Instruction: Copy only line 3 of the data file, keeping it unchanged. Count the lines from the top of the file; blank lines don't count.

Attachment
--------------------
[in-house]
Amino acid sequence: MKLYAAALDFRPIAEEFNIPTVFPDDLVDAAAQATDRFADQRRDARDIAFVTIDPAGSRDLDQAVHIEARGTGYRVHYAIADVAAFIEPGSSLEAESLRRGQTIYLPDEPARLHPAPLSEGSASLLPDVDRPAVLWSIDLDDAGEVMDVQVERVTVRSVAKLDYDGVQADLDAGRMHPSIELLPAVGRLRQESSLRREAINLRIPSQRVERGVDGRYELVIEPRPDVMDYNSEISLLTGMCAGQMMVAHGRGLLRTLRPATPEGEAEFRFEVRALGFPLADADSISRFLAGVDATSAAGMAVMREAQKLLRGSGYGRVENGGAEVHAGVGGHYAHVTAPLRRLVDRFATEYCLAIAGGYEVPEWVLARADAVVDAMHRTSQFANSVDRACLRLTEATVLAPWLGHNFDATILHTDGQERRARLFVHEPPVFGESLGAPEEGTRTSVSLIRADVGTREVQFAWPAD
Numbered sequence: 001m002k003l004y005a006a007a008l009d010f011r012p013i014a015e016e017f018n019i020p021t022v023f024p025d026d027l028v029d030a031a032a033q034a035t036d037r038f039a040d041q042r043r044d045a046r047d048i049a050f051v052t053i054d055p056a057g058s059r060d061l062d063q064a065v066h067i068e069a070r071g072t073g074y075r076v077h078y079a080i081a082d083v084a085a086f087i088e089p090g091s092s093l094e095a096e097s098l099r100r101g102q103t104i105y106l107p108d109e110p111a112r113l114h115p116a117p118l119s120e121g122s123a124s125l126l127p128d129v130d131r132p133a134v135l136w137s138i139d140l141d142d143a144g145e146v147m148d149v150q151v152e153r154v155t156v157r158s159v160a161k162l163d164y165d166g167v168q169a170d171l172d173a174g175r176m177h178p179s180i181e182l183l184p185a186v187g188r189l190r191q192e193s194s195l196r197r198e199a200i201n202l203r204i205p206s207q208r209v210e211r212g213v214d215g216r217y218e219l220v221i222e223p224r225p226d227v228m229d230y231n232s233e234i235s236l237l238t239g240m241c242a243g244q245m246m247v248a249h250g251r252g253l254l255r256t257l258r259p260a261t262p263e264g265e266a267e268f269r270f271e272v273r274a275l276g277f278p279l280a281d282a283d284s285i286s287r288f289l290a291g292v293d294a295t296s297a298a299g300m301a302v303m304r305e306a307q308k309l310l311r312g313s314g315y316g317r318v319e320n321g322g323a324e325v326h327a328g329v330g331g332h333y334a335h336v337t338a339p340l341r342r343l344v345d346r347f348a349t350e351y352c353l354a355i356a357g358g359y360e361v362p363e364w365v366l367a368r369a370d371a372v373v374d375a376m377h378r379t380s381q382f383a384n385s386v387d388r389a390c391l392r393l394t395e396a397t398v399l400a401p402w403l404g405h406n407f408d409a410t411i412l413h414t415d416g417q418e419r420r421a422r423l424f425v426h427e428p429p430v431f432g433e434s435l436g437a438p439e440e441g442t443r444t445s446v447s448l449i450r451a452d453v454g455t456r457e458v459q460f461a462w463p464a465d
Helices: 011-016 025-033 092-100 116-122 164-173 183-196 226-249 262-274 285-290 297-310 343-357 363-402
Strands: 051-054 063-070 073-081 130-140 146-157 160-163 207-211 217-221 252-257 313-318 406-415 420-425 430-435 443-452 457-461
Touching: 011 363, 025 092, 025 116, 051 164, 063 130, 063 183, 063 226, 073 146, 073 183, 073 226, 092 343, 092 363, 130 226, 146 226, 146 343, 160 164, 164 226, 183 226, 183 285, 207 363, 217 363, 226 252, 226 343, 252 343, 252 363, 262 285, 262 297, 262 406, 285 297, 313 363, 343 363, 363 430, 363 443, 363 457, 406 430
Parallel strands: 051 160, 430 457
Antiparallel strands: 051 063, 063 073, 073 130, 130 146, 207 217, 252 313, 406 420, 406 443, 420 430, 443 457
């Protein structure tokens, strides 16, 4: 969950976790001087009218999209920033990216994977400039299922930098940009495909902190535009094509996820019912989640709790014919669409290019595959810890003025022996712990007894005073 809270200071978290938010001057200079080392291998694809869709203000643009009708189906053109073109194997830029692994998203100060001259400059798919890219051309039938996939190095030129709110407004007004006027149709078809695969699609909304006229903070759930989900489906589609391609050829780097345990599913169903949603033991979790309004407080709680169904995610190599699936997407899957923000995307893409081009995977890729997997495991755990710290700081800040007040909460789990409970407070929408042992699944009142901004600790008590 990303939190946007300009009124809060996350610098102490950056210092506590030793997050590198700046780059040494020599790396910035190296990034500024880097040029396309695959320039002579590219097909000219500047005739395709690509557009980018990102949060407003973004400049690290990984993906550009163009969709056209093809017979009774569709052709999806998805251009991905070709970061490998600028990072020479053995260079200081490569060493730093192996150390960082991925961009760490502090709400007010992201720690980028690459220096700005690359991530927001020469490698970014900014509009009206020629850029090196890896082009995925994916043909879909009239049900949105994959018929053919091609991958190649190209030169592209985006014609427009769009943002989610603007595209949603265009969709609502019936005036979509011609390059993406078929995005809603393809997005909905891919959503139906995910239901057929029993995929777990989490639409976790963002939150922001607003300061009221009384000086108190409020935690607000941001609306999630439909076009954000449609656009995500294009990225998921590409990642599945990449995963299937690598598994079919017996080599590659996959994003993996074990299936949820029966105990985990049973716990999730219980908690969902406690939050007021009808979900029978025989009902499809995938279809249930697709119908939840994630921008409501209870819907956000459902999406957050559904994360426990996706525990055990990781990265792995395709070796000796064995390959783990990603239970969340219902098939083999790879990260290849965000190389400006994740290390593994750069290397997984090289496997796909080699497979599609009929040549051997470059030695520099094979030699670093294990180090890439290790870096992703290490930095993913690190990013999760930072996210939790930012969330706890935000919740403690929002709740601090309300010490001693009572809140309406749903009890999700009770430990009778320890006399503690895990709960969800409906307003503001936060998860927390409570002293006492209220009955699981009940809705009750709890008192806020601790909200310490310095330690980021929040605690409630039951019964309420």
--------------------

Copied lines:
Numbered sequence: 001m002k003l004y005a006a007a008l009d010f011r012p013i014a015e016e017f018n019i020p021t022v023f024p025d026d027l028v029d030a031a032a033q034a035t036d037r038f039a040d041q042r043r044d045a046r047d048i049a050f051v052t053i054d055p056a057g058s059r060d061l062d063q064a065v066h067i068e069a070r071g072t073g074y075r076v077h078y079a080i081a082d083v084a085a086f087i088e089p090g091s092s093l094e095a096e097s098l099r100r101g102q103t104i105y106l107p108d109e110p111a112r113l114h115p116a117p118l119s120e121g122s123a124s125l126l127p128d129v130d131r132p133a134v135l136w137s138i139d140l141d142d143a144g145e146v147m148d149v150q151v152e153r154v155t156v157r158s159v160a161k162l163d164y165d166g167v168q169a170d171l172d173a174g175r176m177h178p179s180i181e182l183l184p185a186v187g188r189l190r191q192e193s194s195l196r197r198e199a200i201n202l203r204i205p206s207q208r209v210e211r212g213v214d215g216r217y218e219l220v221i222e223p224r225p226d227v228m229d230y231n232s233e234i235s236l237l238t239g240m241c242a243g244q245m246m247v248a249h250g251r252g253l254l255r256t257l258r259p260a261t262p263e264g265e266a267e268f269r270f271e272v273r274a275l276g277f278p279l280a281d282a283d284s285i286s287r288f289l290a291g292v293d294a295t296s297a298a299g300m301a302v303m304r305e306a307q308k309l310l311r312g313s314g315y316g317r318v319e320n321g322g323a324e325v326h327a328g329v330g331g332h333y334a335h336v337t338a339p340l341r342r343l344v345d346r347f348a349t350e351y352c353l354a355i356a357g358g359y360e361v362p363e364w365v366l367a368r369a370d371a372v373v374d375a376m377h378r379t380s381q382f383a384n385s386v387d388r389a390c391l392r393l394t395e396a397t398v399l400a401p402w403l404g405h406n407f408d409a410t411i412l413h414t415d416g417q418e419r420r421a422r423l424f425v426h427e428p429p430v431f432g433e434s435l436g437a438p439e440e441g442t443r444t445s446v447s448l449i450r451a452d453v454g455t456r457e458v459q460f461a462w463p464a465d